Karl Haendel’s precise, photographic drawings crowd the gallery spaces impressively at Sorcha Dallas. There is a tendency towards asymmetric arrangements and some of the works are stacked, leaning against the wall as though discarded or awaiting selection to be hung. This is the most inventive part of Haendel’s process, allowing surprising relationships to emerge between his apparently random images. Cartoons from The New Yorker (often depicting psychoanalytic sessions) share wall space with enlarged drawings of disembodied eyes. Allusions to the colour black occur not merely in the drawings’ murkiest tonal depths, but also in their verbal content; the work ‘Untitled (black wave)’ 2006 depicts a newspaper headline that reads ‘experts warn of black wave that could sweep universe and end life’.
A cartoon of a dog in therapy, captioned (in mirror-writing) ‘I can smell my own fear’, is echoed in a close-up photographic rendering of a cute dog’s head entitled ‘My Shrink’s Dog “prone”’, 2006.
There is something quite Hitchcockian about the persistency of some of these motifs; however the viewer doesn’t get terribly far by trying to make Jungian links between them. To quote the theorist Slavoj Zizek (writing about Hitchcock) these images are ‘not signifiers’, rather they serve to ‘give body, in their repetitive pattern, to some elementary matrix of excessive enjoyment’.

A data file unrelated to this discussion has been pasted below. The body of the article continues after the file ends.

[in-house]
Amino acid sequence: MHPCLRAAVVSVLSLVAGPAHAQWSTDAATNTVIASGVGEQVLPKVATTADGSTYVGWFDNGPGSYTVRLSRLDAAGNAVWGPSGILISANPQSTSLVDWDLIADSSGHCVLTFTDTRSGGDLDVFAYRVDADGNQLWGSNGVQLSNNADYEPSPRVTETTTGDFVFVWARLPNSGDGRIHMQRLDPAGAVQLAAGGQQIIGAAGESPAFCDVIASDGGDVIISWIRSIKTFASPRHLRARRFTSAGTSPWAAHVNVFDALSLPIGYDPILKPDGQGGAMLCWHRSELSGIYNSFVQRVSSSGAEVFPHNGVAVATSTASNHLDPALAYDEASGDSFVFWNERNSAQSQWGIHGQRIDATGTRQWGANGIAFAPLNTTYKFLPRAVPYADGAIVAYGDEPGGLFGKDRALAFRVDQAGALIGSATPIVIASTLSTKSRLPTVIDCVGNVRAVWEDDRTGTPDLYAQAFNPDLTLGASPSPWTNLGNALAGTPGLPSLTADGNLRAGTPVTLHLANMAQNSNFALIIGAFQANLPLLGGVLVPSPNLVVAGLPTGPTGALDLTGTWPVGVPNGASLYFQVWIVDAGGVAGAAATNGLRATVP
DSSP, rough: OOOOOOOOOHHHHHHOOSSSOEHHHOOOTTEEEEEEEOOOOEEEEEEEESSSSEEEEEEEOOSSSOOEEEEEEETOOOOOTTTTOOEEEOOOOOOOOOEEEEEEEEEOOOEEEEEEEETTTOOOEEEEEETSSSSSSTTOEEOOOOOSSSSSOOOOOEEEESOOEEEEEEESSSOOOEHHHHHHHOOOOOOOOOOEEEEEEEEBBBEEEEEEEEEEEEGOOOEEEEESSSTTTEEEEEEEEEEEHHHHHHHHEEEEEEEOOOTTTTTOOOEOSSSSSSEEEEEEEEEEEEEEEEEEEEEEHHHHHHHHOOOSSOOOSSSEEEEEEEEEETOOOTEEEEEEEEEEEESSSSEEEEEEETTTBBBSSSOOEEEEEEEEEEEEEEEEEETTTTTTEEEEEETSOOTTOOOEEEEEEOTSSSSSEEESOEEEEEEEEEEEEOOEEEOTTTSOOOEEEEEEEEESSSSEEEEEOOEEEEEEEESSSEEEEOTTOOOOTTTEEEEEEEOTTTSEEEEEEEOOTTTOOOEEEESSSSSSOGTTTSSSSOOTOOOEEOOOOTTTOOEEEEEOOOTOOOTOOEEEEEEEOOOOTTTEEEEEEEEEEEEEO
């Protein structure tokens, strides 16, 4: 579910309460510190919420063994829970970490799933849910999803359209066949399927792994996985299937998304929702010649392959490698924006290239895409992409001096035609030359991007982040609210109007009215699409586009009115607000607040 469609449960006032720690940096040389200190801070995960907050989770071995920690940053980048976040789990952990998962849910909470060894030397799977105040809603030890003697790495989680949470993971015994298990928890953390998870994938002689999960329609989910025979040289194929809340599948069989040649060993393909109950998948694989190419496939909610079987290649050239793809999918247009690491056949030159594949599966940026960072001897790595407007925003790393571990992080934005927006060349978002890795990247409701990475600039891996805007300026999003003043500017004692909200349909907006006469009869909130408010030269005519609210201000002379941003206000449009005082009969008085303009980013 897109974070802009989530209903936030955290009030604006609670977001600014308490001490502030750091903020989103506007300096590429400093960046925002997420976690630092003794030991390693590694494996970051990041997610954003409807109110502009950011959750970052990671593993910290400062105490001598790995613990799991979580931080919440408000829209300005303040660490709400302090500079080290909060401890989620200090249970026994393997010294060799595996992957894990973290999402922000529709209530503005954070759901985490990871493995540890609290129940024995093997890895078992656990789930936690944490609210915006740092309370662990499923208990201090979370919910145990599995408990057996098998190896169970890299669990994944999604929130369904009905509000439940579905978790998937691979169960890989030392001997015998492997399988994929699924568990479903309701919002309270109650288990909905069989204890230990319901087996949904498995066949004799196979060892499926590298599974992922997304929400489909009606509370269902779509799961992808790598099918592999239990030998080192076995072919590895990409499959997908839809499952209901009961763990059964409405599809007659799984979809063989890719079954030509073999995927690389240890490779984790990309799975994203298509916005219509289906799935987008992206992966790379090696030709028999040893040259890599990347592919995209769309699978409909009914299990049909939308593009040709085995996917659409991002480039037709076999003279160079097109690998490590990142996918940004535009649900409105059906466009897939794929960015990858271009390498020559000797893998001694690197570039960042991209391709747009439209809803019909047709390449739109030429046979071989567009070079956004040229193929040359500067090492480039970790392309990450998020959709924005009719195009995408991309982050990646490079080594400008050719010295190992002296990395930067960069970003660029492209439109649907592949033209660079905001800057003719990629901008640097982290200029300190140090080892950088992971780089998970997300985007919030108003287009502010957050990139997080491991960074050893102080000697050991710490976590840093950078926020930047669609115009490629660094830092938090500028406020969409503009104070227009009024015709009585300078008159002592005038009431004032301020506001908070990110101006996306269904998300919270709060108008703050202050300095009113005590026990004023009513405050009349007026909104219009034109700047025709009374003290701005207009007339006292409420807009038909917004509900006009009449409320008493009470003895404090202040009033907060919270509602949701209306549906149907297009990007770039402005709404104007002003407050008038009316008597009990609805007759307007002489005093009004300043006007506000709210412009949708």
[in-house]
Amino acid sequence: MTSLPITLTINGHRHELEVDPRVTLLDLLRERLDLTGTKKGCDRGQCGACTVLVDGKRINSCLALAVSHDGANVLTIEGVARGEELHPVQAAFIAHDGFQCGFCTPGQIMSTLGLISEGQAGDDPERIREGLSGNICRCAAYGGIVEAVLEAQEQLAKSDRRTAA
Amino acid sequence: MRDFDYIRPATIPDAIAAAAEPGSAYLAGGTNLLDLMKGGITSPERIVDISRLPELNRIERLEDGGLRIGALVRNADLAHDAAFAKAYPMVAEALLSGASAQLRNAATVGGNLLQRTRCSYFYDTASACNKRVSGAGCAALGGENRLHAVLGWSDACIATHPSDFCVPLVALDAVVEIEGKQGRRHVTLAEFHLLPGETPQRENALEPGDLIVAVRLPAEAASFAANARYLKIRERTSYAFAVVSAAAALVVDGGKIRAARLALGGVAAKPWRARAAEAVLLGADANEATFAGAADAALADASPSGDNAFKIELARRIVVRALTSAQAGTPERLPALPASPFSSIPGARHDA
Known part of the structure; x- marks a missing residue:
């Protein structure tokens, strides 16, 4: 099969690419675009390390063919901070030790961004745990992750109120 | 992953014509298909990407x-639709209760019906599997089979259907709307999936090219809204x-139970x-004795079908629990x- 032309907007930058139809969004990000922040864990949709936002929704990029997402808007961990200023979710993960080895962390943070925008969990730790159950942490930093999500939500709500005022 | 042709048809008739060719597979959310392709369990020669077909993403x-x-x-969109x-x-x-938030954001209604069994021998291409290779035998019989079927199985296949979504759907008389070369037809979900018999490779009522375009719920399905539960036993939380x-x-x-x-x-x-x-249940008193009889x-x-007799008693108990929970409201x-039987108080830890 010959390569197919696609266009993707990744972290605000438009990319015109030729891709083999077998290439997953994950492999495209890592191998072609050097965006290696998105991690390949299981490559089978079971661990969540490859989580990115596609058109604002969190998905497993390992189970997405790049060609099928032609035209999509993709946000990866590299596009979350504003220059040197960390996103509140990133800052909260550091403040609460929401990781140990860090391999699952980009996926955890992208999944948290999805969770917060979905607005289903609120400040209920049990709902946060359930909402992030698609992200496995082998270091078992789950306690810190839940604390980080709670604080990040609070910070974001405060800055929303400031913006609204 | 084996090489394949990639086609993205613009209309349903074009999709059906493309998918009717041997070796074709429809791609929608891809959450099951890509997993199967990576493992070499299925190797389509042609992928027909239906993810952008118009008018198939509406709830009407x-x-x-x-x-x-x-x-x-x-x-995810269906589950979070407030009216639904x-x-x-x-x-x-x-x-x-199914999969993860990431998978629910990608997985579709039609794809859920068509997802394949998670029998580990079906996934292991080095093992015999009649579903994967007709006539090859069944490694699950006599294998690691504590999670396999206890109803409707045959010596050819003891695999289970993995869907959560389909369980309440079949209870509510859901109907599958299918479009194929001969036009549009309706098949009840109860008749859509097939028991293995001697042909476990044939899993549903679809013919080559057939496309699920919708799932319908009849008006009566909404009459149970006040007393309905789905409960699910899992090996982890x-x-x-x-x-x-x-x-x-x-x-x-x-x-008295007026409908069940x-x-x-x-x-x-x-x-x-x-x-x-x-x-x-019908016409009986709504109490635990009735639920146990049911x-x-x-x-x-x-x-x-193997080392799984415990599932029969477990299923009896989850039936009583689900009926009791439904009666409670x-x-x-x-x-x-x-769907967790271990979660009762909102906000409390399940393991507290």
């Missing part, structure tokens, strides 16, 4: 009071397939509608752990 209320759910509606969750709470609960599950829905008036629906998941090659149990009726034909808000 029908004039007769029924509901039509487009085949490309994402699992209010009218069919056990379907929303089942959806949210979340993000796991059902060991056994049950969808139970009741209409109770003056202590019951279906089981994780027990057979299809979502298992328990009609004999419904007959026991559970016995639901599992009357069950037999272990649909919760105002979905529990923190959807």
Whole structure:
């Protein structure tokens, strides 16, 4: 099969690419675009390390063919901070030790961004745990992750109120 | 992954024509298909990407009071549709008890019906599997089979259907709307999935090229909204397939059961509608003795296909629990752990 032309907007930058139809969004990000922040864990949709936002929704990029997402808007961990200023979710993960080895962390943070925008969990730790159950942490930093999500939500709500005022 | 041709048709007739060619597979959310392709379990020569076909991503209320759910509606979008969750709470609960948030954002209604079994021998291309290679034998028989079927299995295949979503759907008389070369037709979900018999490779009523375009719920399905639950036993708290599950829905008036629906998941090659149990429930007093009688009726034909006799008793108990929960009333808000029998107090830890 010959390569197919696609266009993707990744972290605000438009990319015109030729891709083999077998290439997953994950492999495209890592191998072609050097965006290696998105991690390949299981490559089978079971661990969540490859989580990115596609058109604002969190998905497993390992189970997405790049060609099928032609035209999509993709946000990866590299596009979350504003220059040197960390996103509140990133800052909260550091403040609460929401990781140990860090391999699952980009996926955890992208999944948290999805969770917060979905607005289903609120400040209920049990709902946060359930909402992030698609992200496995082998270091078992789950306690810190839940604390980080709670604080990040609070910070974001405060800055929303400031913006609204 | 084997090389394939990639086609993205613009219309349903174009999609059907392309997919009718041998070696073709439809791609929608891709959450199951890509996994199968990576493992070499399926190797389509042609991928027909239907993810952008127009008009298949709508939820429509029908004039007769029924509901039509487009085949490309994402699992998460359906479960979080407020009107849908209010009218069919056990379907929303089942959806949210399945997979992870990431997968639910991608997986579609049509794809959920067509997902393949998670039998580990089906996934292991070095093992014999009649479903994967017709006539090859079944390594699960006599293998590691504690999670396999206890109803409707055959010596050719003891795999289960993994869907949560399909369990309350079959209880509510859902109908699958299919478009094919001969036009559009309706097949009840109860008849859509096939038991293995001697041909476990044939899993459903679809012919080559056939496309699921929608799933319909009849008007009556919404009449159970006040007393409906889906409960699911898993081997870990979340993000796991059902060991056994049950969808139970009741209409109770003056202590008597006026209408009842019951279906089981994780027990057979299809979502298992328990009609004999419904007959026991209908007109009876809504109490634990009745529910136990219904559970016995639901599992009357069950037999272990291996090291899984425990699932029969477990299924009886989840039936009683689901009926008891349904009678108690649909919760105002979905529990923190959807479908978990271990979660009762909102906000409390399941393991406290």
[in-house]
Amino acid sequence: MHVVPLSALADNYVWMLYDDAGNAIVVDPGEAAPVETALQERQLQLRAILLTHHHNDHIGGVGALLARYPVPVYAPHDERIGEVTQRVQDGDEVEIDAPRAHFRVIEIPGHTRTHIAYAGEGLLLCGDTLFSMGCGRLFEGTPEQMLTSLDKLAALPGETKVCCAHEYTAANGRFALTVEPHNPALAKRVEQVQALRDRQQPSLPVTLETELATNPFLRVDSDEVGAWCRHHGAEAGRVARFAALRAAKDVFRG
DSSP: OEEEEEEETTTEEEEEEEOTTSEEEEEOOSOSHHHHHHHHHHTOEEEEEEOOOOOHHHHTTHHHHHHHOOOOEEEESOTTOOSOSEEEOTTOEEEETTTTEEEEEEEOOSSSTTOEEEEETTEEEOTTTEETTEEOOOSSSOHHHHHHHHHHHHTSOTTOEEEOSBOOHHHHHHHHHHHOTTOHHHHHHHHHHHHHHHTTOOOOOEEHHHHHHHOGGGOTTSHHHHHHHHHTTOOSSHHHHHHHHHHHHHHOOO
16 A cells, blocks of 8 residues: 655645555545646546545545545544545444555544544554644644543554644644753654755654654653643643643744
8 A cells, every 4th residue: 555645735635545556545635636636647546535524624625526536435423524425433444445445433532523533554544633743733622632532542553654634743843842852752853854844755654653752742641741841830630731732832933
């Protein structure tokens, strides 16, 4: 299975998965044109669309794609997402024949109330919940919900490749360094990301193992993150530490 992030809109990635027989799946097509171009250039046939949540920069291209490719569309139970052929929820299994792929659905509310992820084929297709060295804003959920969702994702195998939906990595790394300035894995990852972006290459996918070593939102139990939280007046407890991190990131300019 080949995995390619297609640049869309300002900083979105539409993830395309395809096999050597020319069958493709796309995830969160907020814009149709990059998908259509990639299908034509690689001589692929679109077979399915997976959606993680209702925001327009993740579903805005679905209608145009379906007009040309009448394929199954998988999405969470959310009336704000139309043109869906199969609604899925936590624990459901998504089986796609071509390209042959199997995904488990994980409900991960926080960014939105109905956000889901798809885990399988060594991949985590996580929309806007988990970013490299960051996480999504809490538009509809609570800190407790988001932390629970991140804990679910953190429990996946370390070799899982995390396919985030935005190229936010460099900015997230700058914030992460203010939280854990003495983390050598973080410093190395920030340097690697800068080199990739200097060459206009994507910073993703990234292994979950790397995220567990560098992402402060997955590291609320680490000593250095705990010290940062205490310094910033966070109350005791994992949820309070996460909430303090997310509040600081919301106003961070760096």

In Haendel’s case, a visceral pleasure in the thick layering of graphite on watercolour paper is combined with black and white photography and news media, a corporate chiaroscuro reminiscent of Barbara Kruger’s commercially-inspired conceptualism. This is of course a somewhat outmoded aesthetic, given that today’s corporate culture—both on the web and in print—blazes with colour; while the drawing style seems likewise charmingly ‘vintage’ (more 1980s albumcover than Gerhard Richter). Furthermore, in contrast to Kruger’s adaptation of billboards and posters, Haendel’s work exploits the current art-world fascination for drawings as fetishised objects displayed under glass (in slick black frames) or pinned directly to the wall, their textures given luxurious emphasis under the hot gallery lights.
Perhaps the greatest frustration for the viewer comes in trying to interpret the works both as interrelated images and as products of their titles and captions, a task which seems ultimately futile. However, what is ultimately most compelling about these drawings is that, whilst they remain thoroughly enigmatic as a collection of signs, many of them build an aspect of narrative density within their own borders—often through the inclusion of surprisingly lengthy hand-drawn passages of text. Many of these reproductions of newspaper excerpts and anonymous quotes are accomplished in such a way that the text can be read clearly by the viewer. Consequently—amid all the stylised fragmentation—parts of the stories remain intact, allowing the viewer, at odd, unnerving moments, to engage with subjects of moral and psychological weight.
Lawrence Figgis is an artist living in Glasgow